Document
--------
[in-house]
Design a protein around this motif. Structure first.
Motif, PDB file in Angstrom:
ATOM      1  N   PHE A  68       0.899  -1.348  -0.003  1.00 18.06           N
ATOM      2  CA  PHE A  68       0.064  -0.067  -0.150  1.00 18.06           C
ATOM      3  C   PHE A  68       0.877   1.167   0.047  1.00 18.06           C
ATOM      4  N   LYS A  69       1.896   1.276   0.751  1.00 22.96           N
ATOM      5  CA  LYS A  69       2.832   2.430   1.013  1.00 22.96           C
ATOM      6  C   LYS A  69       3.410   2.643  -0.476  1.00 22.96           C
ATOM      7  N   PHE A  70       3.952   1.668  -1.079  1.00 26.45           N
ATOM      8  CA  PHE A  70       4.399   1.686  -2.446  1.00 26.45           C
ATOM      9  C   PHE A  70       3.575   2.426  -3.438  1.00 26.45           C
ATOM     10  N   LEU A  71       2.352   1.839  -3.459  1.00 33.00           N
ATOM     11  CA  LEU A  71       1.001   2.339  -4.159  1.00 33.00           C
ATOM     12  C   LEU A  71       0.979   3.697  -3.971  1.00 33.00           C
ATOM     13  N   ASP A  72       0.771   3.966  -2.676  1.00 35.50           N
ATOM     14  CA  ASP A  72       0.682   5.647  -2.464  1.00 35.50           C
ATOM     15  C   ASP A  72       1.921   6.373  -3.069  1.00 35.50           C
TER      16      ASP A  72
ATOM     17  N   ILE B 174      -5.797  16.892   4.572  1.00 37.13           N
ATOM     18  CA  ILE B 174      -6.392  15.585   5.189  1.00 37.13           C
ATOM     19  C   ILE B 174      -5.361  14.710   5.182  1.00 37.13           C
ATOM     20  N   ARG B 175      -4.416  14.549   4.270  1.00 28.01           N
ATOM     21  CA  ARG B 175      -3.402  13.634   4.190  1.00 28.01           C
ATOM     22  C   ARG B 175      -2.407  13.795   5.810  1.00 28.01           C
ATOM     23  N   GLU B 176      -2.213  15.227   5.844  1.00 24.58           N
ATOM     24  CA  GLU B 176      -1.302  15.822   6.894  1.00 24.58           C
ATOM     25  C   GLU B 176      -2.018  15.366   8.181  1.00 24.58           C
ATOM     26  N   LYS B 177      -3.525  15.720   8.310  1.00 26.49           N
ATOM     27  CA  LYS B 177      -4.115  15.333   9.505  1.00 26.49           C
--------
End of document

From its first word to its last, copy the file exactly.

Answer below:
[in-house]
Design a protein around this motif. Structure first.
Motif, PDB file in Angstrom:
ATOM      1  N   PHE A  68       0.899  -1.348  -0.003  1.00 18.06           N
ATOM      2  CA  PHE A  68       0.064  -0.067  -0.150  1.00 18.06           C
ATOM      3  C   PHE A  68       0.877   1.167   0.047  1.00 18.06           C
ATOM      4  N   LYS A  69       1.896   1.276   0.751  1.00 22.96           N
ATOM      5  CA  LYS A  69       2.832   2.430   1.013  1.00 22.96           C
ATOM      6  C   LYS A  69       3.410   2.643  -0.476  1.00 22.96           C
ATOM      7  N   PHE A  70       3.952   1.668  -1.079  1.00 26.45           N
ATOM      8  CA  PHE A  70       4.399   1.686  -2.446  1.00 26.45           C
ATOM      9  C   PHE A  70       3.575   2.426  -3.438  1.00 26.45           C
ATOM     10  N   LEU A  71       2.352   1.839  -3.459  1.00 33.00           N
ATOM     11  CA  LEU A  71       1.001   2.339  -4.159  1.00 33.00           C
ATOM     12  C   LEU A  71       0.979   3.697  -3.971  1.00 33.00           C
ATOM     13  N   ASP A  72       0.771   3.966  -2.676  1.00 35.50           N
ATOM     14  CA  ASP A  72       0.682   5.647  -2.464  1.00 35.50           C
ATOM     15  C   ASP A  72       1.921   6.373  -3.069  1.00 35.50           C
TER      16      ASP A  72
ATOM     17  N   ILE B 174      -5.797  16.892   4.572  1.00 37.13           N
ATOM     18  CA  ILE B 174      -6.392  15.585   5.189  1.00 37.13           C
ATOM     19  C   ILE B 174      -5.361  14.710   5.182  1.00 37.13           C
ATOM     20  N   ARG B 175      -4.416  14.549   4.270  1.00 28.01           N
ATOM     21  CA  ARG B 175      -3.402  13.634   4.190  1.00 28.01           C
ATOM     22  C   ARG B 175      -2.407  13.795   5.810  1.00 28.01           C
ATOM     23  N   GLU B 176      -2.213  15.227   5.844  1.00 24.58           N
ATOM     24  CA  GLU B 176      -1.302  15.822   6.894  1.00 24.58           C
ATOM     25  C   GLU B 176      -2.018  15.366   8.181  1.00 24.58           C
ATOM     26  N   LYS B 177      -3.525  15.720   8.310  1.00 26.49           N
ATOM     27  CA  LYS B 177      -4.115  15.333   9.505  1.00 26.49           C